Programmer's Guide To Theory - Practical Grammar
Written by Mike James   
Wednesday, 24 January 2024
Article Index
Programmer's Guide To Theory - Practical Grammar
Extended BNF
Green Dreams
Travelling the Tree

Travelling the Tree

Now that we have said the deeply unfashionable thing that syntax is not isolated from semantics we can now see why we bother to use a grammar analyzer within a compiler.

Put simply a syntax tree or its equivalent can be used to generate the machine code or intermediate code that the expression corresponds to.

The syntax tree can be considered as a program that tells you how to evaluate the expression.

For example, a common method of generating code from a tree is to walk all its nodes using a “depth first” algorithm.

That is, visit the deepest nodes first and generate an instruction corresponding to the value or operator stored at each node. The details of how to do this vary but you can see the general idea in this diagram.



So now you know. We use grammar to parse expressions, to make syntax trees, to generate the code.

A Real Grammar Of Arithmetic

You might like to see what a real grammar for simple arithmetic expressions looks like:

<Exp> -> <Exp> + <Term> |<Exp> - <Term> |<Term>
<Term> -> <Term> * <Factor> | <Term> / <Factor>
| <Factor>
<Factor> -> x | y | ... |

Of course it leaves out proper variable names, operators other than  +, -, * and / but it is a reasonable start.



  • Grammar is not just related to the different machines that characterize the languages they describe. Grammars are generally useful in computer science.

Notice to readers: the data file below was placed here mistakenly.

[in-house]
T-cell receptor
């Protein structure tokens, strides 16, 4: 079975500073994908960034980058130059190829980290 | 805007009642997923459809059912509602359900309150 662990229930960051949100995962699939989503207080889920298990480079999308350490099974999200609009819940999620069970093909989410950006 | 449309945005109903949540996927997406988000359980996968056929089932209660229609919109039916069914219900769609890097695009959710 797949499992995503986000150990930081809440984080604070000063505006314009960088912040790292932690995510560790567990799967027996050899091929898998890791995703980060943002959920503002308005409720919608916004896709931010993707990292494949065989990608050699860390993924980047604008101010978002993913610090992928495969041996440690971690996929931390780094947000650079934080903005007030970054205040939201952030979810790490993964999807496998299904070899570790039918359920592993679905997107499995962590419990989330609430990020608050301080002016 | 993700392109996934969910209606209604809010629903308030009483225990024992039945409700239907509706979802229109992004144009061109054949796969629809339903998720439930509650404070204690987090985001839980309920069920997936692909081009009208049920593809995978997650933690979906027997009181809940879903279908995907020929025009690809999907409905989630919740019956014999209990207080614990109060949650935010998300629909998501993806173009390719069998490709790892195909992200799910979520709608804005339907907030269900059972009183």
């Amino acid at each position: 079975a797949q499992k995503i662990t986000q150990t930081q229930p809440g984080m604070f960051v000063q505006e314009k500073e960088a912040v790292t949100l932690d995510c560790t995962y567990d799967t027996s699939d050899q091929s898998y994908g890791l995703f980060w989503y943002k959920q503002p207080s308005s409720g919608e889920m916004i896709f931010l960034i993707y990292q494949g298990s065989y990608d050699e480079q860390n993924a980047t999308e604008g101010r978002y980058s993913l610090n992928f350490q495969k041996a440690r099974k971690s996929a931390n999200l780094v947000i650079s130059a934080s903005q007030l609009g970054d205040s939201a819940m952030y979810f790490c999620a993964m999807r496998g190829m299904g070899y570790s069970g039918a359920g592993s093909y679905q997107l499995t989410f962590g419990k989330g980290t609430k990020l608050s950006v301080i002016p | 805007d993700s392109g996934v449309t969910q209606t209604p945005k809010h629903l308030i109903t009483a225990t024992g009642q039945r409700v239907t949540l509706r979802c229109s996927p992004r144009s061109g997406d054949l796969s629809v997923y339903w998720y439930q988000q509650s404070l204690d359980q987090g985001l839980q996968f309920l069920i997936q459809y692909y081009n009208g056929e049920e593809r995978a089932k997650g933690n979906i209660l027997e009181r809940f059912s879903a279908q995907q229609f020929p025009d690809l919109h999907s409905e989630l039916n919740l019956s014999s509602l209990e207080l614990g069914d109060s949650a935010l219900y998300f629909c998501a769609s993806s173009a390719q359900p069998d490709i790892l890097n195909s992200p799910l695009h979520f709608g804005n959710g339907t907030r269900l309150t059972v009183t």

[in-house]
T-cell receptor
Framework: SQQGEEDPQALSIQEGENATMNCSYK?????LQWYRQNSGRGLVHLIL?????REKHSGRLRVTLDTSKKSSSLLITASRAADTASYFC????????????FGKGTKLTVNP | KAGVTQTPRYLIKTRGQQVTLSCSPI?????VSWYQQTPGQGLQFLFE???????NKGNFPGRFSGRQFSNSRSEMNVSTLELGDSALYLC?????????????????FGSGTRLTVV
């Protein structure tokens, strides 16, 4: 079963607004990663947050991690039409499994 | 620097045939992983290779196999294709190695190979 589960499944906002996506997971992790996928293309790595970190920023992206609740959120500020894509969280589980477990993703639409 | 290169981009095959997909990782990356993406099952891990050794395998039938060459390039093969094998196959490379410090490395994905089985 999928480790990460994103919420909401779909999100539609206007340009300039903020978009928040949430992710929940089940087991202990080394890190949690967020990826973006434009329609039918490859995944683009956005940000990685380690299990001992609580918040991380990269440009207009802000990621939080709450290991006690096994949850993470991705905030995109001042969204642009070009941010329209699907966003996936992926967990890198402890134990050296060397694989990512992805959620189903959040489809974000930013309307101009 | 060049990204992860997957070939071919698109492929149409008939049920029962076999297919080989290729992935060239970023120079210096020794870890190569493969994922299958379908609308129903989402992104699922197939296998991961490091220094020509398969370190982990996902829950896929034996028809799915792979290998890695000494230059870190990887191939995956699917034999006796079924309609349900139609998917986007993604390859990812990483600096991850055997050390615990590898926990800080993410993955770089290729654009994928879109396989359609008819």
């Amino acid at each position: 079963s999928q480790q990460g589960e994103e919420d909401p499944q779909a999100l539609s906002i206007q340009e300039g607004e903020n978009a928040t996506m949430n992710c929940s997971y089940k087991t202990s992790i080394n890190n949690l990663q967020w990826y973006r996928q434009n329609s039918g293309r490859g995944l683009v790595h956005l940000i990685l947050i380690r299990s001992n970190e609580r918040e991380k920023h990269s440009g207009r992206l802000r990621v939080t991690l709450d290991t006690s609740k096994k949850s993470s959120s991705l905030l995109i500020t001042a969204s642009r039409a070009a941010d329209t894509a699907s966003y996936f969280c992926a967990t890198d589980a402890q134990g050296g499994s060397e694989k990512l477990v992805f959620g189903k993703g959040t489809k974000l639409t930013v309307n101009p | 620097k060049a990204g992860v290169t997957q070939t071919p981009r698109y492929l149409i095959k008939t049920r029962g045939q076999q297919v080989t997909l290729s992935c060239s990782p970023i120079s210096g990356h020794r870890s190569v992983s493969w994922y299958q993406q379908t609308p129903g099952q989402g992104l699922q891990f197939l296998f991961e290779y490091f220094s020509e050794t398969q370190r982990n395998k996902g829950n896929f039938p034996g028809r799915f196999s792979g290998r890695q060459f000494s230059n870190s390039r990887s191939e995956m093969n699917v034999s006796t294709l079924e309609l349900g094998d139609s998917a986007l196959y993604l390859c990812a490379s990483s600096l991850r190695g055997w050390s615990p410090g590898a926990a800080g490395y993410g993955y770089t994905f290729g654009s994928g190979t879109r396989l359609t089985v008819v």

• The most common method of describing a grammar is some variation on BNF or Backus-Naur Form. It is important to realize that there is no standard for this, but the variations are usually easy to understand.

  • Extended BNF allows it to describe language forms that are specified as regular expressions.

  • Often syntax diagrams are easier to understand than pure BNF.

  • A grammar is often said to be to do with the syntax of a language and nothing at all to do with semantics, the meaning. This isn’t completely true.

  • To be useful, a grammar has to reveal the meaning of a language and it has to be compatible with its meaning.

  • With a suitable grammar you can work backwards from the sequence of symbols to the rules that created them. This is called parsing.

  • There are many parsing algorithms and in general simple grammars have simple parsing methods.

  • If a grammar is compatible with the meaning of a language then parsing can be used to construct a syntax tree which shows how the components group together.

  • A syntax tree can have many uses, but the main one in computer science is to generate a sequence of machine instructions that correspond to the original sequence of symbols. This is how a compiler works.

Further reading:

Assemblers and assembly language

The Heart Of A Compiler

John Backus - the Father of Fortran

Peter Naur Dies Aged 87 

Brackets are Trees

Finite state machines

Turing Machines

A Concise Introduction to Languages and Machines

Language Implementation Patterns

The Universe as a Computer


A Programmers Guide To Theory
First Draft

There is a more recent version of this:

Now available as a paperback and ebook from Amazon.

A Programmers Guide To Theory - NP & Co-NP



  1. What Is Computable?
  2. Finite State Machines
  3. What is a Turing Machine? 
  4. Computational Complexity
  5. Non-computable numbers
  6. The Transfinite
  7. Axiom Of Choice
  8. Lambda Calculus
  9. Grammar and Torture
  10. Reverse Polish Notation - RPN
  11. Introduction to Boolean Logic
  12. Confronting The Unprovable - Gödel And All That
  13. The Programmer's Guide to Fractals
  14. The Programmer's Guide to Chaos*
  15. Prime Numbers And Primality Testing
  16. Cellular Automata - The How and Why
  17. Information Theory
  18. Coding Theory
  19. Kolmogorov Complexity

*To be revised

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Last Updated ( Wednesday, 24 January 2024 )